As you will know by now, UK Games Expo 2019 is just around the corner – a week on Friday, to be precise. So the question is who you should go and see on your visit – assuming you’ll be there of course. There is no way that I can list all the over 400 exhibitors and their games, or mention all the events, seminars and other things that are going on at this amazing exhibition. However, I can focus on who I’m planning to see, bearing in mind that I’ll only be there on the Sunday. So it’s going to be a jam-packed day, but I just can’t wait.
I am very lucky to have a group of friends who live nearby and who all love playing tabletop games. We meet once a week, more or less, round each other’s houses, taking turns to make sure nobody is the host all the time, bring snacks and drinks, so it doesn’t get too expensive for anyone, and play a game or two, depending on how we feel and what we play. These games nights are very important to me, but not everyone is blessed with this opportunity, so I want to talk about what other options there are.
UK Games Expo 2019 is around the corner now. In just over three weeks, 40,000 or so visitors and over 350 exhibitors will descend on the Birmingham NEC to explore the over 24,000 sqm’s worth of exhibition halls, plus the dozen or so of rooms in the nearby NEC Hilton Hotel and probably other venues. From Friday, 31 May to Sunday, 2 June, the family friendly exhibition celebrates all things tabletop games and offers virtually everyone something of interest. I will be there on the Sunday and can’t wait to see what’s on offer.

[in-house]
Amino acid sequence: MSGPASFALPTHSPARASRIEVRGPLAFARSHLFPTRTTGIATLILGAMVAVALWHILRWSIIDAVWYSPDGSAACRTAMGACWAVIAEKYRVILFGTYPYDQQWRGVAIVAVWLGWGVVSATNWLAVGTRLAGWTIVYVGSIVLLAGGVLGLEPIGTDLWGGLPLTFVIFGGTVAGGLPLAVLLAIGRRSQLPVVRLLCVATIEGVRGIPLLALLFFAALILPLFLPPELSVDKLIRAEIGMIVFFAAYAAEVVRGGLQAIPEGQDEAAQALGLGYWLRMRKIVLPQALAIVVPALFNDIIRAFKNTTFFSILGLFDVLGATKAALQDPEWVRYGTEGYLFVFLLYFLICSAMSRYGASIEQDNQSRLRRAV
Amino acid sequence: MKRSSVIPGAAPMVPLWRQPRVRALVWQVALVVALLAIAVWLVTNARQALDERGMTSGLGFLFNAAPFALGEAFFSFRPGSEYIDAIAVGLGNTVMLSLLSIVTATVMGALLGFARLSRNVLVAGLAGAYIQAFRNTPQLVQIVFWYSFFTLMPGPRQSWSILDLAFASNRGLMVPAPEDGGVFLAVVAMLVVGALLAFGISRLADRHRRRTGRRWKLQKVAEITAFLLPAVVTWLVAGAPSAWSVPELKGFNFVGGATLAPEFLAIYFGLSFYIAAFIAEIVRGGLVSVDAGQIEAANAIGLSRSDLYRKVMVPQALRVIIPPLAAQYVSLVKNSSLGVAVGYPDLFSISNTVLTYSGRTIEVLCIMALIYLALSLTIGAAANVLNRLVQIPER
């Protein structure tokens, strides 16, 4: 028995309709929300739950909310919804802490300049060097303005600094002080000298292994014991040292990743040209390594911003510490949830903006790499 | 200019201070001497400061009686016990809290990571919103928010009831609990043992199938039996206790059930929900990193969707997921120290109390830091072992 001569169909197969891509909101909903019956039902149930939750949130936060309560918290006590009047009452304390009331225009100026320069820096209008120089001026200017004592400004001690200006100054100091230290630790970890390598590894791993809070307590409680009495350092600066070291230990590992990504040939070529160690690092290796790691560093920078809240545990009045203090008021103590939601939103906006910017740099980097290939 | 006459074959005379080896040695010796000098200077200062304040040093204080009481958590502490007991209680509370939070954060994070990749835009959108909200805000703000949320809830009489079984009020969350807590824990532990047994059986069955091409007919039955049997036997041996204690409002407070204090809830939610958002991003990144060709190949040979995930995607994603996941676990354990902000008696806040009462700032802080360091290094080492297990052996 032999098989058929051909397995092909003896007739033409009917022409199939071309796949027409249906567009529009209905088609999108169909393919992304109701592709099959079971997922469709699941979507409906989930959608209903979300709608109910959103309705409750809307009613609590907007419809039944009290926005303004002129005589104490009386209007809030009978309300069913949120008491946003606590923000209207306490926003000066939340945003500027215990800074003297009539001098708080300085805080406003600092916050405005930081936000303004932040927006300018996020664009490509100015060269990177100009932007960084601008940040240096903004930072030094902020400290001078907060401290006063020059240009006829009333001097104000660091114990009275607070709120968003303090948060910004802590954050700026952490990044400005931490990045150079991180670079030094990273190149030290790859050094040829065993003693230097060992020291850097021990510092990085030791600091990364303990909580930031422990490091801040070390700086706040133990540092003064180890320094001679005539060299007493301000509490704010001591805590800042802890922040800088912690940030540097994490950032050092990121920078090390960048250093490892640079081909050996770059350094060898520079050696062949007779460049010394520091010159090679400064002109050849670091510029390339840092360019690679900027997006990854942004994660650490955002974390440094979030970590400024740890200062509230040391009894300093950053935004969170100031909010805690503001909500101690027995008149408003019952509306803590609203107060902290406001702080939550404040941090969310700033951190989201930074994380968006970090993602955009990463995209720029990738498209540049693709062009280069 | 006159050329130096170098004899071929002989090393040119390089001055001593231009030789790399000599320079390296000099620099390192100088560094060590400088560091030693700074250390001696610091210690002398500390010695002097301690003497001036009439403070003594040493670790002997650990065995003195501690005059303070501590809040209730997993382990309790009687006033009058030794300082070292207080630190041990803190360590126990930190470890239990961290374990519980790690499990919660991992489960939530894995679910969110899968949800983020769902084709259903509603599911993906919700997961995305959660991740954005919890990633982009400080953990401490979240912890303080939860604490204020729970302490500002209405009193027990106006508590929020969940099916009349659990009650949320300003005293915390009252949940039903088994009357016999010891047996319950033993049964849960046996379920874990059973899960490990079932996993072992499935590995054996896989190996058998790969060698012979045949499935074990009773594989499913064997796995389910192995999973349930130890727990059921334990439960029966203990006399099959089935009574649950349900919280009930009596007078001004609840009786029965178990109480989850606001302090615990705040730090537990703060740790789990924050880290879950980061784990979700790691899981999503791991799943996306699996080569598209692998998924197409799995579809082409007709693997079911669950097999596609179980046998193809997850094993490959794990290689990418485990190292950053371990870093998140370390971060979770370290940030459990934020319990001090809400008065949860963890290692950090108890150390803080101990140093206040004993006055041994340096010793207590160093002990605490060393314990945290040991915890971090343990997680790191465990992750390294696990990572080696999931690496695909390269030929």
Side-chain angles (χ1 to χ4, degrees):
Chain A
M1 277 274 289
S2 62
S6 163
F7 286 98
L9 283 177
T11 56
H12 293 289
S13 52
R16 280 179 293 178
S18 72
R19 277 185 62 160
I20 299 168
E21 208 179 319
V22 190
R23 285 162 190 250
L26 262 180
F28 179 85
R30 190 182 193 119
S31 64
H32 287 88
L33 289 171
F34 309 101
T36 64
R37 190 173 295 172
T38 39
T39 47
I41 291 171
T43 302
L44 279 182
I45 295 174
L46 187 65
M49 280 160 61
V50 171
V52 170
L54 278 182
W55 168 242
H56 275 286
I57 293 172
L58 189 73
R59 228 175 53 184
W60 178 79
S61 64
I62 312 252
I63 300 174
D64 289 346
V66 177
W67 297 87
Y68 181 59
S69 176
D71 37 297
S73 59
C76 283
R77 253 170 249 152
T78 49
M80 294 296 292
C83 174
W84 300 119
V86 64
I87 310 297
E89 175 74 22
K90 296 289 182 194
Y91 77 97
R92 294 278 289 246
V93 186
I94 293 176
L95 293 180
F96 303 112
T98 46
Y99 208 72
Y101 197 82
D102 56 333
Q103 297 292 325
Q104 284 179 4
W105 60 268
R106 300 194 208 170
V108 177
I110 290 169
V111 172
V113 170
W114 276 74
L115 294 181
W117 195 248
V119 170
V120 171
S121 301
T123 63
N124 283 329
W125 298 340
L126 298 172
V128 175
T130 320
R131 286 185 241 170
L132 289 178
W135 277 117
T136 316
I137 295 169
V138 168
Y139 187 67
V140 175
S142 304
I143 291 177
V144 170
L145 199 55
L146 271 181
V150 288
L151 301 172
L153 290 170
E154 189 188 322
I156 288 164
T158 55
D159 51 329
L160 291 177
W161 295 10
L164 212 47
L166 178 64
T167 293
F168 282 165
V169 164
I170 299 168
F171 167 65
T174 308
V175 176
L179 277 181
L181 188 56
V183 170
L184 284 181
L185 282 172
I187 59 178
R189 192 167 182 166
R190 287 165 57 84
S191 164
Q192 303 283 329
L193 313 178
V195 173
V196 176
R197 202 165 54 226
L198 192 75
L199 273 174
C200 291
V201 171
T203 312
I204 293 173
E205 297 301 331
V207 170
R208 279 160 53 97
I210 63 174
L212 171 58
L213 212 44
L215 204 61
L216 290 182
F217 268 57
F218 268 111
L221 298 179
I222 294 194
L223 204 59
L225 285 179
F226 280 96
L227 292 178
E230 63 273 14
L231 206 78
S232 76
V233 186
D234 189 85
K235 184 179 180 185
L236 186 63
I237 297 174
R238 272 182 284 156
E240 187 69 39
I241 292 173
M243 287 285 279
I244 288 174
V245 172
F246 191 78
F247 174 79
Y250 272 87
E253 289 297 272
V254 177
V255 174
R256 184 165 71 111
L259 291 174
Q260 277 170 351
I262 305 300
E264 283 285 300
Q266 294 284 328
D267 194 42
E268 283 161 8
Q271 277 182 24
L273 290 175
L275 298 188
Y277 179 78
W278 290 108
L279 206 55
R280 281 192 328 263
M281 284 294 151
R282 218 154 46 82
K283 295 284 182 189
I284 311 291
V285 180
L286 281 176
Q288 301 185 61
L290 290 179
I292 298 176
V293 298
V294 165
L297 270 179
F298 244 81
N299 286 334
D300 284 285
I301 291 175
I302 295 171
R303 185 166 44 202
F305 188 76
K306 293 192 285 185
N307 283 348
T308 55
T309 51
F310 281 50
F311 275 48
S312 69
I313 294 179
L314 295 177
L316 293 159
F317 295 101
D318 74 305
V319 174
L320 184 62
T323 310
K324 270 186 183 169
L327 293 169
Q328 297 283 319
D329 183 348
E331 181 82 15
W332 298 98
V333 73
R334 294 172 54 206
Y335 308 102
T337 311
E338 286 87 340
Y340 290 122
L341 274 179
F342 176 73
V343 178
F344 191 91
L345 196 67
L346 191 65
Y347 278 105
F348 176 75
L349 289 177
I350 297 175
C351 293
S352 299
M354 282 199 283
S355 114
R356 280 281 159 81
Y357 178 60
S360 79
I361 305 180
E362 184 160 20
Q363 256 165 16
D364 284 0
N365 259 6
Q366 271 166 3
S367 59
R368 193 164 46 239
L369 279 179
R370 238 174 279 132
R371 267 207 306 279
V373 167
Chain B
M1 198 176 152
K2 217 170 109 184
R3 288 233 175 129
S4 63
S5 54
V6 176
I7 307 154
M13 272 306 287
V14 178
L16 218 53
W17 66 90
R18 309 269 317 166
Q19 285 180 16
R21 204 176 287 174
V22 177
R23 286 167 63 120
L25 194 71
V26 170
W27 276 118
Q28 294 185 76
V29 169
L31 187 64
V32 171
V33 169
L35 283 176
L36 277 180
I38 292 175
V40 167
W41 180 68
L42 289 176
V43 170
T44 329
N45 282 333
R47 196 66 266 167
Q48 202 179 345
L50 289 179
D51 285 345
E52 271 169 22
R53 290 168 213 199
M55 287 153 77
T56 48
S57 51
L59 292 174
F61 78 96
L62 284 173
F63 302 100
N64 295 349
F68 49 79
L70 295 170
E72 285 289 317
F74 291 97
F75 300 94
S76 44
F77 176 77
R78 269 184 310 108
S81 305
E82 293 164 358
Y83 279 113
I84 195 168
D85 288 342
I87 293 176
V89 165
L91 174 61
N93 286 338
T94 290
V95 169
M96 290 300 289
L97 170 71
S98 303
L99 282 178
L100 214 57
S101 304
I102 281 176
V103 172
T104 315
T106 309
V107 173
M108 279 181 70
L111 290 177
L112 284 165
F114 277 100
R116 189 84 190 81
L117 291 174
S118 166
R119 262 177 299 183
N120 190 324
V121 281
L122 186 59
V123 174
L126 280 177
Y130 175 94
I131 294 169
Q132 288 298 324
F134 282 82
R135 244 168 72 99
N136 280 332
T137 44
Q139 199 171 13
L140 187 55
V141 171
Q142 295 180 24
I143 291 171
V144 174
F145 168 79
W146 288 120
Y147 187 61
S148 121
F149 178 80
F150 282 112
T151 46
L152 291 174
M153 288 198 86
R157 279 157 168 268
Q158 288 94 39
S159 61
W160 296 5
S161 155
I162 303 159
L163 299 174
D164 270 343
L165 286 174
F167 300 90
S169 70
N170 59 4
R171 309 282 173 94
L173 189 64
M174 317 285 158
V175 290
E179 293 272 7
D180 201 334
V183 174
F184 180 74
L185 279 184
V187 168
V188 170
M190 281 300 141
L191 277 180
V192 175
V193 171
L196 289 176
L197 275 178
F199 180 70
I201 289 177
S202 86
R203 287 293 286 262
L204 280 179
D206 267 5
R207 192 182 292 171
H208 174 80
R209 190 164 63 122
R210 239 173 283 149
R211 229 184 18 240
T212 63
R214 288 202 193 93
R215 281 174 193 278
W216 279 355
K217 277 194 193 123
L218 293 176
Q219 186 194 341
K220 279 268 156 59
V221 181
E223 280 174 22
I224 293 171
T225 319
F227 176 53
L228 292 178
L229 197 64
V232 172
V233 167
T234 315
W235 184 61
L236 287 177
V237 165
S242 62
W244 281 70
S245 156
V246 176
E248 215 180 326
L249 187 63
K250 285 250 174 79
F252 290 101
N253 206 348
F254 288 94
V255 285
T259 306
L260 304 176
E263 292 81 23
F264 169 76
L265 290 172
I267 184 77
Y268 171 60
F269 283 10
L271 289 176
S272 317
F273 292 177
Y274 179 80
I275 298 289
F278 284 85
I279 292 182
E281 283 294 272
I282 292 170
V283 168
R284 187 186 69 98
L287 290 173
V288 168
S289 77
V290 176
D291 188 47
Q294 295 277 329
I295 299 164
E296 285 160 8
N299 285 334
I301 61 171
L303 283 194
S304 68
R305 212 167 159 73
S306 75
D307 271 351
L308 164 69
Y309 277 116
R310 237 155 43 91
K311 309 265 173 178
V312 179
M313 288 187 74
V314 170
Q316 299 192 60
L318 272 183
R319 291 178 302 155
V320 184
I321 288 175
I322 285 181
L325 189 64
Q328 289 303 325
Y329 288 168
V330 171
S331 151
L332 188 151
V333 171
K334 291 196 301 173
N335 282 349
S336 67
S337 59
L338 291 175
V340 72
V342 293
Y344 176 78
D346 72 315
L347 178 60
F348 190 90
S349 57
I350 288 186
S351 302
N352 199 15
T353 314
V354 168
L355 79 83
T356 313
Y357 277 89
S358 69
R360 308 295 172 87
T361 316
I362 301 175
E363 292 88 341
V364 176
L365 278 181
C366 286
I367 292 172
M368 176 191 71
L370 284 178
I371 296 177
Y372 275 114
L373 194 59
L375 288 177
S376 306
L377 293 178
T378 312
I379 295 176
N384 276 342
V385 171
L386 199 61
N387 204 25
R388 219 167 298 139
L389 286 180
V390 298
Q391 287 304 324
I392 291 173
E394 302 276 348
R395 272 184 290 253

We all love to play lots of different games with lots of different people, it’s only natural. There is also always the draw of the Cult of the New and the Fear of Missing Out, tempting us to play new games all the time. Most of us only have a limited amount of time to play games each week, so chances are we play each game only once, or maybe twice – and if we’re really lucky three time – before moving onto the next. We might revisit a game if there is a lull, but usually only after many weeks, by which time we’ve forgotten how the game works. I am just as guilty as everyone else, but I have started to come round to the idea that playing the same game many times before moving on is actually much more fun.
There are many reasons why people play modern tabletop games. Some love the competitive element of games and enjoy winning. There is nothing wrong with that of course, and that is highlighted by the amount of boardgame contests that are available every year. I also enjoy when I win a game, especially because it doesn’t happen very often, but for me playing games is much more about fun – and it’s this that I want to focus on in this article.